This one picks up immediately after the previous volume, with Butler when we meet him flying back into California from Hong Kong, but Len doesn’t much refer to the previous book other than vague mentions that Butler had a mission there. In other words, you don’t need to have read that one to read this one. And indeed, Love Me To Death almost sees a series reset for Butler; at the airport, Butler is approached by a former CIA colleague named Frank Sullivan, who tells Butler that the “right-wing maniacs” who have controlled the Agency are now being opposed by Sullivan’s own left-wing group. Sullivan, who knows Butler hated the right-wingers and the CIA in general, wants our hero to rejoin the Agency and help take on the right-wingers – we’re told even the President is in favor of this idea. 

So after talking over the idea with the mysterious Mr. Sheffield, who runs the Bancroft Institute for which Butler works, Butler decides to rejoin the CIA. And he’ll work in this capacity for the entirey of Love Me To Death. Indeed by novel’s end he’s still a CIA agent, and even requests a vacation from his new boss Frank Sullivan. So what I’m trying to say is that with this volume Len seems to drop the “Bancroft Institute” angle of the preceding four volumes, and now Butler’s back to being a CIA agent. Why Len decided to go this route is a mystery, and I look forward to seeing if Butler returns to Bancroft in this next volume (which is advertised in the back of the book, by the way, with the note that it will be published in March of 1980).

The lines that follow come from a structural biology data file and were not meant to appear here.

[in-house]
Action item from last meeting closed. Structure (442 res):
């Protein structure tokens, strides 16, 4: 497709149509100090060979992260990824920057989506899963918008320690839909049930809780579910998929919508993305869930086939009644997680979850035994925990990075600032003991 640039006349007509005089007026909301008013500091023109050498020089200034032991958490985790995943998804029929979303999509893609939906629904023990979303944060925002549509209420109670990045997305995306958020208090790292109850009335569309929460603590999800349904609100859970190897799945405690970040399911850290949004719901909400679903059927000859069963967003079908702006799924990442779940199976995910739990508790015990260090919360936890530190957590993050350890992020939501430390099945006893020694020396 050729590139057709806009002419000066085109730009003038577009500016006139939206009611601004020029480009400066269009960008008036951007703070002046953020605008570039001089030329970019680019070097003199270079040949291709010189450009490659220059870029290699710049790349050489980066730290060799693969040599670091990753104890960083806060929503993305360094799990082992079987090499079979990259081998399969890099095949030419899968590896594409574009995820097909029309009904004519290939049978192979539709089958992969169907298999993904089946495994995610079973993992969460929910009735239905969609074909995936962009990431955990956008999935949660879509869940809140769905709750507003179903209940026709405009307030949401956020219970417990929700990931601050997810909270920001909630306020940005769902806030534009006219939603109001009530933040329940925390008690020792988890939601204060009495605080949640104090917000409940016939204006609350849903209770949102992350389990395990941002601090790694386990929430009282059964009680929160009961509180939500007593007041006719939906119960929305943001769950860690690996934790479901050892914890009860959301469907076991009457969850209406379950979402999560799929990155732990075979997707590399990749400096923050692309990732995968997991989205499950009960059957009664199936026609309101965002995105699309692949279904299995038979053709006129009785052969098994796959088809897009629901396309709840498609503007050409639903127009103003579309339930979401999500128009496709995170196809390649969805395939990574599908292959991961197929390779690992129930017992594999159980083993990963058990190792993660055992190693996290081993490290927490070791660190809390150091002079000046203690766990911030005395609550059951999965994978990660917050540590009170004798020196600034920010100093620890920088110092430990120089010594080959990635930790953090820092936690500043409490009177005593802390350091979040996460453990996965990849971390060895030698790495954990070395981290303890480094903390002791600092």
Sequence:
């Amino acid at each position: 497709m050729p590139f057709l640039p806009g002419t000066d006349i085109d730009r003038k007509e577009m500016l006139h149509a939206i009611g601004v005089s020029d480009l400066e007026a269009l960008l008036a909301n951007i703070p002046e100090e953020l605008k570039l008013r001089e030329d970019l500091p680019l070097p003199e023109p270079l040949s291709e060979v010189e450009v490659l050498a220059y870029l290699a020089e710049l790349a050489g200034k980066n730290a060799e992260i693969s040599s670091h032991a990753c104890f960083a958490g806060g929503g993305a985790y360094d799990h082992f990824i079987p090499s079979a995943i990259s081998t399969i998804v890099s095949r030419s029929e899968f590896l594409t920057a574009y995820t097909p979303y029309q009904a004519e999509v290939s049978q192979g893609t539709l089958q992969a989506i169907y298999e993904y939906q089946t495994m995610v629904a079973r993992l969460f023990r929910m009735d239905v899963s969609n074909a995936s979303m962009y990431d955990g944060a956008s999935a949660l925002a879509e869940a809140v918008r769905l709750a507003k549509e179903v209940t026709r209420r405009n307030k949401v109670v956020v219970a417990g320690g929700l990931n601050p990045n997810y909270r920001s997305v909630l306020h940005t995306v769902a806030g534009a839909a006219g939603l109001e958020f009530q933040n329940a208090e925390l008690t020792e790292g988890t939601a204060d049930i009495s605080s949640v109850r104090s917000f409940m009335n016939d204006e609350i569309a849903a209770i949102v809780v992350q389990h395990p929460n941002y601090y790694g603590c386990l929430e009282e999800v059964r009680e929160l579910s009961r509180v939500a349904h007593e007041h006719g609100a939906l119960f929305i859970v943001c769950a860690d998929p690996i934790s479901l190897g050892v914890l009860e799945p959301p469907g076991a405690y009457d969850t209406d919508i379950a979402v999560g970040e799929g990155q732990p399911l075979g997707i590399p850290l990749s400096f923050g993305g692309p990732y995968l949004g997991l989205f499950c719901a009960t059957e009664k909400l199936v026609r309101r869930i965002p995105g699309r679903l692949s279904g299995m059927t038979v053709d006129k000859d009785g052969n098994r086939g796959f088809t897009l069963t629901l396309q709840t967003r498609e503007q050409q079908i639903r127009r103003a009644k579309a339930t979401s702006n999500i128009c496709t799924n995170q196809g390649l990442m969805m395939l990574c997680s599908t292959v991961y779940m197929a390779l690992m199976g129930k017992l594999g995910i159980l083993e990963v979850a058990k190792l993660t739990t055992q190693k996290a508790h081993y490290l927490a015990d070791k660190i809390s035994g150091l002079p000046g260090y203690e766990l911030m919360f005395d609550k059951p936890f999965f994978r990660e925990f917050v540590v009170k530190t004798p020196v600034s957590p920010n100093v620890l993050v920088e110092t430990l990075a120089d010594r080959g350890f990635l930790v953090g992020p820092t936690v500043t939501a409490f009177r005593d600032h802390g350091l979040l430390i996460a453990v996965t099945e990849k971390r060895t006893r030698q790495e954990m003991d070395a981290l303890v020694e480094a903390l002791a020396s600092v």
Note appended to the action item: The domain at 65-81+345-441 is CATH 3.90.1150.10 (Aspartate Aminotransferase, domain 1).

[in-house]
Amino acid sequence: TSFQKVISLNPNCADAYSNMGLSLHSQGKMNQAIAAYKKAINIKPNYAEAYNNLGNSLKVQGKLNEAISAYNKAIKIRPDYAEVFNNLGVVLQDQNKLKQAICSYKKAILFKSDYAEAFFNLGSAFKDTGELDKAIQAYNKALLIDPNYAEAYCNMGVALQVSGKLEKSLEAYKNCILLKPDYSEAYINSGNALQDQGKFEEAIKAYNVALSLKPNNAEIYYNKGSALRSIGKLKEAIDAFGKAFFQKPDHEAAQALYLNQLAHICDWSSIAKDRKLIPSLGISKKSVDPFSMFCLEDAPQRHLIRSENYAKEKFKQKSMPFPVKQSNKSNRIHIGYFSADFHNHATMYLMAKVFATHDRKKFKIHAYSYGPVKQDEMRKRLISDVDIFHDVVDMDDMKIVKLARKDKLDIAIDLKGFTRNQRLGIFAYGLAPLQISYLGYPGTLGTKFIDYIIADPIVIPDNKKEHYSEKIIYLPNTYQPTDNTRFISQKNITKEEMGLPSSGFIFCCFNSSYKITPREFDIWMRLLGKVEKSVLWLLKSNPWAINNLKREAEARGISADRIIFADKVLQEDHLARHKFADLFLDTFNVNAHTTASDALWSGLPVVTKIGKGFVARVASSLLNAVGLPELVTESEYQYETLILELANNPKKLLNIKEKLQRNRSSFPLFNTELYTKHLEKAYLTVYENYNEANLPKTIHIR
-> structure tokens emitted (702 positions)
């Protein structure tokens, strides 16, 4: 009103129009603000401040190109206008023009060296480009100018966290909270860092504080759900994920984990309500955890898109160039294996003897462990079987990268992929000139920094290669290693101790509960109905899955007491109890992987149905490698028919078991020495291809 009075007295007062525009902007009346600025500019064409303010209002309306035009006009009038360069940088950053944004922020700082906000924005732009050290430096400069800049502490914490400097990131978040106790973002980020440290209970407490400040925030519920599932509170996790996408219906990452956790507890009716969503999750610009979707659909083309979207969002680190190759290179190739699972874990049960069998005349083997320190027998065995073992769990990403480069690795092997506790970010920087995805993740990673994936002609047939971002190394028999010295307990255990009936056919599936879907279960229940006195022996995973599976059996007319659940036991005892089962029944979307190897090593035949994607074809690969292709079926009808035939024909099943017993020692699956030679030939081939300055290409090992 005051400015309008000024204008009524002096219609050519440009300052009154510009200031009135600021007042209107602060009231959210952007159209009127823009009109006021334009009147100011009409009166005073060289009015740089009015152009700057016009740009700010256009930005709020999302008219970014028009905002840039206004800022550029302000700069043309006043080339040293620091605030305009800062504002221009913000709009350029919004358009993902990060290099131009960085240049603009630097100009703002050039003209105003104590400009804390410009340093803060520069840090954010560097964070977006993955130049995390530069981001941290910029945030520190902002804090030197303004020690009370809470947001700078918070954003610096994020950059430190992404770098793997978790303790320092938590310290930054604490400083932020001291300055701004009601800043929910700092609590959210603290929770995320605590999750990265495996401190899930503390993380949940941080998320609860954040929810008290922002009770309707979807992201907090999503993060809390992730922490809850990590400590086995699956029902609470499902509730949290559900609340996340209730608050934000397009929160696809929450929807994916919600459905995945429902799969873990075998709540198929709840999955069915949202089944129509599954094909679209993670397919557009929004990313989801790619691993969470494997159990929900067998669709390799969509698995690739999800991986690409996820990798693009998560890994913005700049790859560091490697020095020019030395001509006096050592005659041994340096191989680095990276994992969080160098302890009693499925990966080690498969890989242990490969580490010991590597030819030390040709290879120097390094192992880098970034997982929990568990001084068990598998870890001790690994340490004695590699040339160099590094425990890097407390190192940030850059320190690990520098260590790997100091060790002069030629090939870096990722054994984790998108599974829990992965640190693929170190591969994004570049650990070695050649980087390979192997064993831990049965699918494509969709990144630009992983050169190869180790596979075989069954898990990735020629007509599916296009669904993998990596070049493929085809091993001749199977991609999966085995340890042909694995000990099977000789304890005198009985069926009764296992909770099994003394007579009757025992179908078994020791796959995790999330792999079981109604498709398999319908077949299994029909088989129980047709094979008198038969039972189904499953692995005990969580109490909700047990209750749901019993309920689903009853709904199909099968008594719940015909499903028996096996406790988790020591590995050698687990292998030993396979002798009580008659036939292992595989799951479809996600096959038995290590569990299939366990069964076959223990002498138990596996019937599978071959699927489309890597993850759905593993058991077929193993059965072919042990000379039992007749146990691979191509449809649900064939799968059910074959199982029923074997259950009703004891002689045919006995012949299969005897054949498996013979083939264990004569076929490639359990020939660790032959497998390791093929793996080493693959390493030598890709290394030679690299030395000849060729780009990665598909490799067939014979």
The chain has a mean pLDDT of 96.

That said, Len has fun with a discombobulated CIA that is so fractious the agents have to walk and talk in the countryside outside the headquarters in Virginia because their offices have been bugged by “the other side,” ie the right-wingers vs the left-wingers. Curiously FJ Shankam, that other old CIA colleague of Butler’s who has appeared – and plagued – Butler in the previous four volumes, is given short shrift in Love Me To Death. He appears in but a sentence, serving as Sullivan’s “assistant,” and Shankham doesn’t even exchange any dialog with Butler. In fact not much is made of Shankham at all, and other than his name being specifically mentioned you could assume he was just some random agent…not someone who has appeared in the previous volumes. Again, the impression is that this volume sees a sort of series reset, as if Len had grown bored with the overall setup of the series. If that is the case, then there’s little mystery why he jumped ship after the next volume for new writing pastures.